Police: St. Louis officers kill knife-wielding man

ST. LOUIS — A large crowd, some chanting “Hands up, don’t shoot,” gathered Tuesday at the site where St. Louis police officers shot and killed a knife-wielding man after a reported convenience store robbery.

The shooting happened just a few miles from Ferguson, where a police officer’s fatal shooting of an unarmed black 18-year-old, Michael Brown, has touched off days of protests.

St. Louis Police Capt. Ed Kuntz said police responded shortly after noon following a report of a robbery at a convenience store. The man, 23, had a knife and refused police orders to drop the weapon, Kuntz said.

When the man allegedly raised the knife and moved toward the officers, both opened fire, killing him, said Kuntz, who commands the police district where the incident occurred.

Police Chief Sam Dotson said the man was acting erratically and told officers to “shoot me now, kill me now.”

A man who said he witnessed the shooting, Robert Addison, 36, said the suspect cursed officers as he told them, “You’ll have to kill me.”

Both officers were placed on administrative duty pending an investigation, but Kuntz said the shooting appeared to be justified. The names of the officers and the suspect were not immediately released.

Still, a crowd of about 100 onlookers gathered at the site within an hour of the shooting. Some chanted “Hands up, don’t shoot,” which has become the mantra of protesters in Ferguson.

Brown’s death at the hands of a white Ferguson officer on Aug. 9 has led to several days of clashes between protesters and police. Both Brown and the man killed in St. Louis were black.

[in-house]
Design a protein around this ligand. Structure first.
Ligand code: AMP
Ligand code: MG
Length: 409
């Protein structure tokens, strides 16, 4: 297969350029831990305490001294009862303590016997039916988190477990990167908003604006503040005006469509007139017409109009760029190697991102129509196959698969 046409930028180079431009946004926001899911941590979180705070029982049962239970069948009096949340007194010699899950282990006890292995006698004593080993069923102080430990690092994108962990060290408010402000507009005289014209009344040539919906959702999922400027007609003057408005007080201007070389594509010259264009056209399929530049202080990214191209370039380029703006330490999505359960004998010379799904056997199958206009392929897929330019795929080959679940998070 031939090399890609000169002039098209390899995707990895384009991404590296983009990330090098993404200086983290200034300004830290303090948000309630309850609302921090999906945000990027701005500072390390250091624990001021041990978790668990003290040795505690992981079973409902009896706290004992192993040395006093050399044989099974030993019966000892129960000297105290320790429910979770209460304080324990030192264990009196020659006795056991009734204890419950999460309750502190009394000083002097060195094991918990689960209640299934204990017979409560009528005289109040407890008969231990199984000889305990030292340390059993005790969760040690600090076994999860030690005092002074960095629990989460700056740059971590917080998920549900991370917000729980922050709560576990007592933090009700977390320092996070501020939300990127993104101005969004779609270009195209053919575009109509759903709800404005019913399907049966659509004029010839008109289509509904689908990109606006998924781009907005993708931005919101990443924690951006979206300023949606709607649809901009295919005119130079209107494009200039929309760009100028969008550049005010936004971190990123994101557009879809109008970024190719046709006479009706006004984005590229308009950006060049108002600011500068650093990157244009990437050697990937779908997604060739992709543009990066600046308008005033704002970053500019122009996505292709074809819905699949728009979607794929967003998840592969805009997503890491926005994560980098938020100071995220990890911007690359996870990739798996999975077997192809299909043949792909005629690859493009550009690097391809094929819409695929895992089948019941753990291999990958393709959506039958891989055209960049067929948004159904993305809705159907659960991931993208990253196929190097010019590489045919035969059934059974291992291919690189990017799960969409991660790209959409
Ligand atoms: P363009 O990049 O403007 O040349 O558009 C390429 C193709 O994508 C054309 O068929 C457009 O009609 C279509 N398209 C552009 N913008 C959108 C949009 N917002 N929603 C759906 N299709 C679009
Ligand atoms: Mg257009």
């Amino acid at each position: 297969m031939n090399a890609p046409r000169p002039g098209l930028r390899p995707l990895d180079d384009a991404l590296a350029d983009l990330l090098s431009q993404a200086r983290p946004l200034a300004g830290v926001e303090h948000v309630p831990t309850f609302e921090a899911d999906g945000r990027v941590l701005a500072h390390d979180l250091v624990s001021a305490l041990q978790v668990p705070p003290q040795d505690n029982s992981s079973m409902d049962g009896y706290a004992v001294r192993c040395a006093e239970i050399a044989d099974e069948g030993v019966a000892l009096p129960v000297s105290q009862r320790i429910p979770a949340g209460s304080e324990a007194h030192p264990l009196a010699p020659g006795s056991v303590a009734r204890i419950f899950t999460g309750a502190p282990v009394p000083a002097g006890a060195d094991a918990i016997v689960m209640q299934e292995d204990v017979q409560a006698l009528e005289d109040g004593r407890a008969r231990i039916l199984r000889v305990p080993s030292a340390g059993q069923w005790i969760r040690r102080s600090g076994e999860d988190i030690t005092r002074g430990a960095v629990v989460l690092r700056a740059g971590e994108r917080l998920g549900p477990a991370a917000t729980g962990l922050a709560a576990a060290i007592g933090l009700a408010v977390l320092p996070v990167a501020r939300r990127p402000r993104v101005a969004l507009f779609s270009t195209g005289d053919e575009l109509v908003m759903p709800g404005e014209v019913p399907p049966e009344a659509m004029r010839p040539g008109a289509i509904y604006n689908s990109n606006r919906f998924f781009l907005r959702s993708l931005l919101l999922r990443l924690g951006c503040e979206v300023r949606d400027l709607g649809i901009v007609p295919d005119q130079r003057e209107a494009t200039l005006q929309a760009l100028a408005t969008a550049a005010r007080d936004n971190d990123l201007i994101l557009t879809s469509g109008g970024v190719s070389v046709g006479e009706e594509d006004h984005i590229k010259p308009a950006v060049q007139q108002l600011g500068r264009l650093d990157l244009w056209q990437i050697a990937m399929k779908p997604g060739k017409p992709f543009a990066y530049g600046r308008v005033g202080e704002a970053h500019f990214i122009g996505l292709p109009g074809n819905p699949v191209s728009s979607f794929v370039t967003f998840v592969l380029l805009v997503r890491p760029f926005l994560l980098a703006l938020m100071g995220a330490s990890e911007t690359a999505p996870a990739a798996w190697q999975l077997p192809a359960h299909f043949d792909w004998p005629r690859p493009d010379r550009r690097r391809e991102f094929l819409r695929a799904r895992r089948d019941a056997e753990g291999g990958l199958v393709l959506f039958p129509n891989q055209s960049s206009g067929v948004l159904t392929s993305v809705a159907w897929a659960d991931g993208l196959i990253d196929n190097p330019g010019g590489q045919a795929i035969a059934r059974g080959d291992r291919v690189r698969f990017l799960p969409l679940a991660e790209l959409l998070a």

Ferguson officer Darren Wilson has been on paid administrative leave since the shooting of Brown. The investigation could be turned over to a grand jury as early as Wednesday, though it isn’t clear how long it will be before a determination is made about whether Wilson will be charged.

More in Local News

Agencies launch coordinated response to an opioid ‘emergency’

Health workers, law enforcement agencies and emergency managers are responding as they might to a disaster.

Jordan Evers distributes coffee Sunday afternoon during the annual community meal at Carl Gipson Senior Center in Everett on November 19, 2017. (Kevin Clark / The Herald)
Firefighters serve Thanksgiving meals at Carl Gipson center

The next two feasts at the senior center in Everett will be Thanksgiving Day and Dec. 3.

Hiker rescued on Boulder River trail after 15-foot fall

She was reported to have possible leg and rib fractures.

Alleged philanderer attacked with hammer near Everett

His girlfriend had accused him of cheating and allegedly called on another man to confront him.

Snohomish County Council passes a no-new-taxes budget

The spending plan still funds the hiring of five new sheriff’s deputies and a code enforcement officer.

Darrington School Board race might come down to a coin flip

With a one-vote difference, a single ballot in Skagit County remains to be counted.

As rain continues, Snohomish River still rising in places

Monroe and Snohomish likely won’t see the end of flood stage until Friday.

Is the state Transportation Commission irrelevant?

A report says the citizen panel often is ignored, and its duties overlap with the Transportation Department.

Most Read